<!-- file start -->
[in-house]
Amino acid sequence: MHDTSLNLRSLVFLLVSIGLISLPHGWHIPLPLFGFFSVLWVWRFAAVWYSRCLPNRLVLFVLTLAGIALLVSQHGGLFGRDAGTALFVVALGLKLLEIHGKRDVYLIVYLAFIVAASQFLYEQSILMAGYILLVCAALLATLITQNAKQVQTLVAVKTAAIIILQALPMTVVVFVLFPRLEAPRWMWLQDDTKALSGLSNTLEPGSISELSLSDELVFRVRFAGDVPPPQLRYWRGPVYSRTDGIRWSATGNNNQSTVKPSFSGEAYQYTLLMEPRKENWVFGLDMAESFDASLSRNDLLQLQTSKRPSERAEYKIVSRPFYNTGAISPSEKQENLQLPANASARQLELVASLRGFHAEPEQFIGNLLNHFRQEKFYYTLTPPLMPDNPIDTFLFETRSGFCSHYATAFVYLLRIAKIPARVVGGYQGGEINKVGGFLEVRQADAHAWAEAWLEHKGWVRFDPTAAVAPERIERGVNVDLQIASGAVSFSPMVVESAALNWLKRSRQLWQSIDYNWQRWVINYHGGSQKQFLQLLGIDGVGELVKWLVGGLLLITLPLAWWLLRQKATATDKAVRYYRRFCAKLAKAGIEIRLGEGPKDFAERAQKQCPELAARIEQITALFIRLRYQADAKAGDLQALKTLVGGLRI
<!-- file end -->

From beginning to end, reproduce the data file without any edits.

[in-house]
Amino acid sequence: MHDTSLNLRSLVFLLVSIGLISLPHGWHIPLPLFGFFSVLWVWRFAAVWYSRCLPNRLVLFVLTLAGIALLVSQHGGLFGRDAGTALFVVALGLKLLEIHGKRDVYLIVYLAFIVAASQFLYEQSILMAGYILLVCAALLATLITQNAKQVQTLVAVKTAAIIILQALPMTVVVFVLFPRLEAPRWMWLQDDTKALSGLSNTLEPGSISELSLSDELVFRVRFAGDVPPPQLRYWRGPVYSRTDGIRWSATGNNNQSTVKPSFSGEAYQYTLLMEPRKENWVFGLDMAESFDASLSRNDLLQLQTSKRPSERAEYKIVSRPFYNTGAISPSEKQENLQLPANASARQLELVASLRGFHAEPEQFIGNLLNHFRQEKFYYTLTPPLMPDNPIDTFLFETRSGFCSHYATAFVYLLRIAKIPARVVGGYQGGEINKVGGFLEVRQADAHAWAEAWLEHKGWVRFDPTAAVAPERIERGVNVDLQIASGAVSFSPMVVESAALNWLKRSRQLWQSIDYNWQRWVINYHGGSQKQFLQLLGIDGVGELVKWLVGGLLLITLPLAWWLLRQKATATDKAVRYYRRFCAKLAKAGIEIRLGEGPKDFAERAQKQCPELAARIEQITALFIRLRYQADAKAGDLQALKTLVGGLRI